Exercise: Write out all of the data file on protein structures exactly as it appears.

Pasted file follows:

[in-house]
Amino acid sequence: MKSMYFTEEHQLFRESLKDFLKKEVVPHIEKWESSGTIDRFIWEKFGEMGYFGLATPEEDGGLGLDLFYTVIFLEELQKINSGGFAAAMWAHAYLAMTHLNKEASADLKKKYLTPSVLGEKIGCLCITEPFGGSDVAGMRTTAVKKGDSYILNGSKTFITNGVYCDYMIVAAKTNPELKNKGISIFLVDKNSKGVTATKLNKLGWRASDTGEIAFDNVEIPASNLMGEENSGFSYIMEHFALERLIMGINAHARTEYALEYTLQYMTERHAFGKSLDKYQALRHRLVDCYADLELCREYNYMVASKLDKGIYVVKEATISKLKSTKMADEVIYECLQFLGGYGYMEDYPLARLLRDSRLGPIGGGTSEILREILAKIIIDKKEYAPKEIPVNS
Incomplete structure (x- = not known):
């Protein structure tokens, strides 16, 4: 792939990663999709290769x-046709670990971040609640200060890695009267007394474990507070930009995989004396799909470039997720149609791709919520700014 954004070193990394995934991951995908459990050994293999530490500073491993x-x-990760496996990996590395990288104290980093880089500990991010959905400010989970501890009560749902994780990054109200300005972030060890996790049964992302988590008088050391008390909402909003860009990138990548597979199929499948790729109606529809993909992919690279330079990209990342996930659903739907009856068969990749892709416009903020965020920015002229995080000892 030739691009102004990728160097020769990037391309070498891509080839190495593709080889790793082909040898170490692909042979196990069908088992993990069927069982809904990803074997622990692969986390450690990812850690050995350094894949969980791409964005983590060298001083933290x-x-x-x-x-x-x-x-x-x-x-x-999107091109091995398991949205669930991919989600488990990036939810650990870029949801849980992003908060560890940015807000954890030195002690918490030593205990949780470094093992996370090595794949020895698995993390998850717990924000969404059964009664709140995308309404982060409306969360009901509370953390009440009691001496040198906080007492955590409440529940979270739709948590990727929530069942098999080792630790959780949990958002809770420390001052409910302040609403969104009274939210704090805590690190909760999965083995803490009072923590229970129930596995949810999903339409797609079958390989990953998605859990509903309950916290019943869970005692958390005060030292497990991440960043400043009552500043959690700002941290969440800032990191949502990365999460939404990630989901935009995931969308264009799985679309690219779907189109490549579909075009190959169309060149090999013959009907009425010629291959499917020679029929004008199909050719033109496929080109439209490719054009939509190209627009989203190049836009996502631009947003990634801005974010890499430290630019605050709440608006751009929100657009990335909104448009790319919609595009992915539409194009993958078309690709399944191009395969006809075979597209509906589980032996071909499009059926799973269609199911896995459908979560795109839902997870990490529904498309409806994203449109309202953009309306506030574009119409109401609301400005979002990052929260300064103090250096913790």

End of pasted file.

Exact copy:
[in-house]
Amino acid sequence: MKSMYFTEEHQLFRESLKDFLKKEVVPHIEKWESSGTIDRFIWEKFGEMGYFGLATPEEDGGLGLDLFYTVIFLEELQKINSGGFAAAMWAHAYLAMTHLNKEASADLKKKYLTPSVLGEKIGCLCITEPFGGSDVAGMRTTAVKKGDSYILNGSKTFITNGVYCDYMIVAAKTNPELKNKGISIFLVDKNSKGVTATKLNKLGWRASDTGEIAFDNVEIPASNLMGEENSGFSYIMEHFALERLIMGINAHARTEYALEYTLQYMTERHAFGKSLDKYQALRHRLVDCYADLELCREYNYMVASKLDKGIYVVKEATISKLKSTKMADEVIYECLQFLGGYGYMEDYPLARLLRDSRLGPIGGGTSEILREILAKIIIDKKEYAPKEIPVNS
Incomplete structure (x- = not known):
């Protein structure tokens, strides 16, 4: 792939990663999709290769x-046709670990971040609640200060890695009267007394474990507070930009995989004396799909470039997720149609791709919520700014 954004070193990394995934991951995908459990050994293999530490500073491993x-x-990760496996990996590395990288104290980093880089500990991010959905400010989970501890009560749902994780990054109200300005972030060890996790049964992302988590008088050391008390909402909003860009990138990548597979199929499948790729109606529809993909992919690279330079990209990342996930659903739907009856068969990749892709416009903020965020920015002229995080000892 030739691009102004990728160097020769990037391309070498891509080839190495593709080889790793082909040898170490692909042979196990069908088992993990069927069982809904990803074997622990692969986390450690990812850690050995350094894949969980791409964005983590060298001083933290x-x-x-x-x-x-x-x-x-x-x-x-999107091109091995398991949205669930991919989600488990990036939810650990870029949801849980992003908060560890940015807000954890030195002690918490030593205990949780470094093992996370090595794949020895698995993390998850717990924000969404059964009664709140995308309404982060409306969360009901509370953390009440009691001496040198906080007492955590409440529940979270739709948590990727929530069942098999080792630790959780949990958002809770420390001052409910302040609403969104009274939210704090805590690190909760999965083995803490009072923590229970129930596995949810999903339409797609079958390989990953998605859990509903309950916290019943869970005692958390005060030292497990991440960043400043009552500043959690700002941290969440800032990191949502990365999460939404990630989901935009995931969308264009799985679309690219779907189109490549579909075009190959169309060149090999013959009907009425010629291959499917020679029929004008199909050719033109496929080109439209490719054009939509190209627009989203190049836009996502631009947003990634801005974010890499430290630019605050709440608006751009929100657009990335909104448009790319919609595009992915539409194009993958078309690709399944191009395969006809075979597209509906589980032996071909499009059926799973269609199911896995459908979560795109839902997870990490529904498309409806994203449109309202953009309306506030574009119409109401609301400005979002990052929260300064103090250096913790």